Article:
Matching candidates and jobs based on psychometric tests
More and more, organisations are using psychometric tests to aid the employee selection process, to help them get the ‘right’ person. The use of psychometric testing gives large and small organisations a competitive edge. Organisations want to know more about job seekers these days, wanting to discover their core competencies through the selection process. Being aware of these desirable core competencies is a good place for you to start, so that you can then better prepare for and practice psychometric tests such as aptitude tests and personality tests.
Certain interesting trends in organisation design highlight that the compatibility between employers and an organisation has become, and is becoming, more and more important. Employers want you to share similar characteristics as their organisation and they use psychometric tests to assess how you fit with the organisation, the ability to which the employer and employee will be able to meet each others needs. Organisations assess aspects such as general intelligence and personality traits through psychometric testing to provide an indication of person and organisation ‘fit’. It is advisable for you to develop job knowledge, and to practice psychometric tests to positively present your self as the ‘right’ person for the job. Practicing psychometric tests, among other things, increases your self-awareness, your understanding of your personality and values and can decreases your performance anxiety during psychometric testing.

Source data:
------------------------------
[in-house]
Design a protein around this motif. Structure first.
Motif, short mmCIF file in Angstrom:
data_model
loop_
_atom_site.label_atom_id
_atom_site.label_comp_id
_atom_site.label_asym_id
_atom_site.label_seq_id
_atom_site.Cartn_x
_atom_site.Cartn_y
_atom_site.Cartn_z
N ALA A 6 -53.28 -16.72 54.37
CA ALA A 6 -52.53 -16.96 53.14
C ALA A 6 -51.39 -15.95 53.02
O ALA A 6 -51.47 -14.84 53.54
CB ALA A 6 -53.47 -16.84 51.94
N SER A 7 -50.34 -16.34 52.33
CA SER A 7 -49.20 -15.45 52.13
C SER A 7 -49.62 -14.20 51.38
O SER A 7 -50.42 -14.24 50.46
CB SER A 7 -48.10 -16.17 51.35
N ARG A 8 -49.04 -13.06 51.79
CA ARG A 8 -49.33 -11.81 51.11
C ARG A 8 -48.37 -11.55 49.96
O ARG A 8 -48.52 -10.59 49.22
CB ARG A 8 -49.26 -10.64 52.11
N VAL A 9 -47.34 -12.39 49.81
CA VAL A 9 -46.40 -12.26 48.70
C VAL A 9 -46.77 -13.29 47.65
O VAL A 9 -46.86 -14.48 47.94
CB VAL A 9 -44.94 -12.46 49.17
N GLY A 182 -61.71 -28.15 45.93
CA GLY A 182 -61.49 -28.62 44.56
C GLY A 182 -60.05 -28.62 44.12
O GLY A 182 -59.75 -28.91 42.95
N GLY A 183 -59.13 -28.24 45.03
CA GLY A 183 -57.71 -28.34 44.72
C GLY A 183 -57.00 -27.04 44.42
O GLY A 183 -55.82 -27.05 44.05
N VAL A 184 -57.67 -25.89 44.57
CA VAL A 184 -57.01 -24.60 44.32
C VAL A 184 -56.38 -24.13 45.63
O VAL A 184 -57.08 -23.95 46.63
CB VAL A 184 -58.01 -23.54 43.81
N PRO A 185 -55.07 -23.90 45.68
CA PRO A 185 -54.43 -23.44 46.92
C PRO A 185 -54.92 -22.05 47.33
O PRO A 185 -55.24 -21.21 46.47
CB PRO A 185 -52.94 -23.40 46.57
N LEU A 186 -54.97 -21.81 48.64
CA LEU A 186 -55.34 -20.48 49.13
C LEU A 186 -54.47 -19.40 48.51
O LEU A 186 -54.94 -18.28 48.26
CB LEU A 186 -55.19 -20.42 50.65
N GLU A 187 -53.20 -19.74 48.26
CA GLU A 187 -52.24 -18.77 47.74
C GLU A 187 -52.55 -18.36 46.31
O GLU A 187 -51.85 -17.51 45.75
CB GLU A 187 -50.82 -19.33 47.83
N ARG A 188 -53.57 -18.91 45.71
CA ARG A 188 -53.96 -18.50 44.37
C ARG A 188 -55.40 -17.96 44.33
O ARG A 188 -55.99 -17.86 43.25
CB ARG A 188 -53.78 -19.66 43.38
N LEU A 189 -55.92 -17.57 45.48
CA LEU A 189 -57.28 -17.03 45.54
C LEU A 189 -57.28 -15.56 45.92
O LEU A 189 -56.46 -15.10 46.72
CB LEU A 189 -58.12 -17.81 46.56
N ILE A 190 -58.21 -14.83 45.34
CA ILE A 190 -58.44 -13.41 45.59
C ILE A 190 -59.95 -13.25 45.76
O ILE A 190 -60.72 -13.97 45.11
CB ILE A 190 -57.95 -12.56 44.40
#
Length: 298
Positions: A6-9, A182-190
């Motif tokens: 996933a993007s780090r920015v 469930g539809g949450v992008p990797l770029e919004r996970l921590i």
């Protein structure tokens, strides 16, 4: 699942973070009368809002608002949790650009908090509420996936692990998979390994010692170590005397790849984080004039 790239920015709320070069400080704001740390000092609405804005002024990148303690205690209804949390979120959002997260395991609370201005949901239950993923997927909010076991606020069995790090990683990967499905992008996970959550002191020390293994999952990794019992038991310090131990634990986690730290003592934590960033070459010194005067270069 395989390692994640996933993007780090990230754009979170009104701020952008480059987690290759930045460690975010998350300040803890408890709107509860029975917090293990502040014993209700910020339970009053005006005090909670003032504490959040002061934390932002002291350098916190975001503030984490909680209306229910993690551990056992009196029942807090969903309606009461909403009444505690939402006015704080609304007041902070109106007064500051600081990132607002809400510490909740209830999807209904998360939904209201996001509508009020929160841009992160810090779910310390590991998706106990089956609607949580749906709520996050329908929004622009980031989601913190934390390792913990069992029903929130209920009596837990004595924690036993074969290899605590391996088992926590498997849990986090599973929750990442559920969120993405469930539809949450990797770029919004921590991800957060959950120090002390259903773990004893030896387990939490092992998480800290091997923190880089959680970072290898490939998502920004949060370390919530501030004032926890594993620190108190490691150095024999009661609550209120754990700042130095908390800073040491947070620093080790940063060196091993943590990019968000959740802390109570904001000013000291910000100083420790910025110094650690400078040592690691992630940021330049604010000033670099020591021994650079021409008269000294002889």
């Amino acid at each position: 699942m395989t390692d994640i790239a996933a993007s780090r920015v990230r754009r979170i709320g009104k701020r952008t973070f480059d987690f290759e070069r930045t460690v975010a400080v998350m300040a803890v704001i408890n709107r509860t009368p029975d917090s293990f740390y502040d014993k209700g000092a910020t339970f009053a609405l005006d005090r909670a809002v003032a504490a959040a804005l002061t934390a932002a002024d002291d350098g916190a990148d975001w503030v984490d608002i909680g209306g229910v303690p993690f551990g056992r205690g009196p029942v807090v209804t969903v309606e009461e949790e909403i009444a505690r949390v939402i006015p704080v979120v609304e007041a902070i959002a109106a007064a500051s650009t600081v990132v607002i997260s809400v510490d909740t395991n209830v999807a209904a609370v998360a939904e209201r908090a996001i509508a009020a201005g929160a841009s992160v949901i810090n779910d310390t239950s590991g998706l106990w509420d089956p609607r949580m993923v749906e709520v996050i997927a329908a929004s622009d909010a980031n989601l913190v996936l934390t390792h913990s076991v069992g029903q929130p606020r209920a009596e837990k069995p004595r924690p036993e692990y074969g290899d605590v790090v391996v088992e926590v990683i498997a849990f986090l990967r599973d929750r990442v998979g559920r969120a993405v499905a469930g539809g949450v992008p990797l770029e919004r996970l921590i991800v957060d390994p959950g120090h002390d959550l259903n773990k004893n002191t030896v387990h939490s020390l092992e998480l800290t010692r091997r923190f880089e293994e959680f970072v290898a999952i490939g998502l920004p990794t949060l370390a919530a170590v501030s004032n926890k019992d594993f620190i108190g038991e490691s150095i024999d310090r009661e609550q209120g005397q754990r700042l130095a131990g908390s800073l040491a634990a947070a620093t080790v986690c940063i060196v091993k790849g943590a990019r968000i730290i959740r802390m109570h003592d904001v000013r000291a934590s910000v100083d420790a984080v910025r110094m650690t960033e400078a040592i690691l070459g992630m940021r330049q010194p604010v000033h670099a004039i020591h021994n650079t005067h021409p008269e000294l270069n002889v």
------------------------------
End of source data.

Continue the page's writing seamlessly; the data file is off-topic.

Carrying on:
Because psychometric testing is often conducted by external organisations, hiring organisations are developing very specific descriptions of their desired employees, through defining the key competencies that are important to them. Desirable competencies assessed by psychometric tests include an ability to adapt quickly and deal with change, as well as networking, political skills and individual strategic capability. The notion of emotional intelligence, which is how well a person understands their emotions and is aware of emotional states of others, has become increasingly important. Highly-developed interpersonal communication skills, related to teamwork, are also a key deciding factor.
Another interesting trend that affects the selection process is that more people are comfortable using a computer and the internet. This trend encouraged psychometric test developers to administer psychometric tests online rather than asking candidates to come into an office to complete paper-based tests. This change imposed a significant challenge for test-takers, as it significantly reduced the effectiveness of traditional practice books. Test-takers who are practising questions out of books lose the capability to use practice psychometric tests under real conditions (i.e. time constraints and having test questions displayed on a computer screen). This is especially important when solving aptitude tests – abstract reasoning tests, verbal reasoning tests and numerical reasoning tests.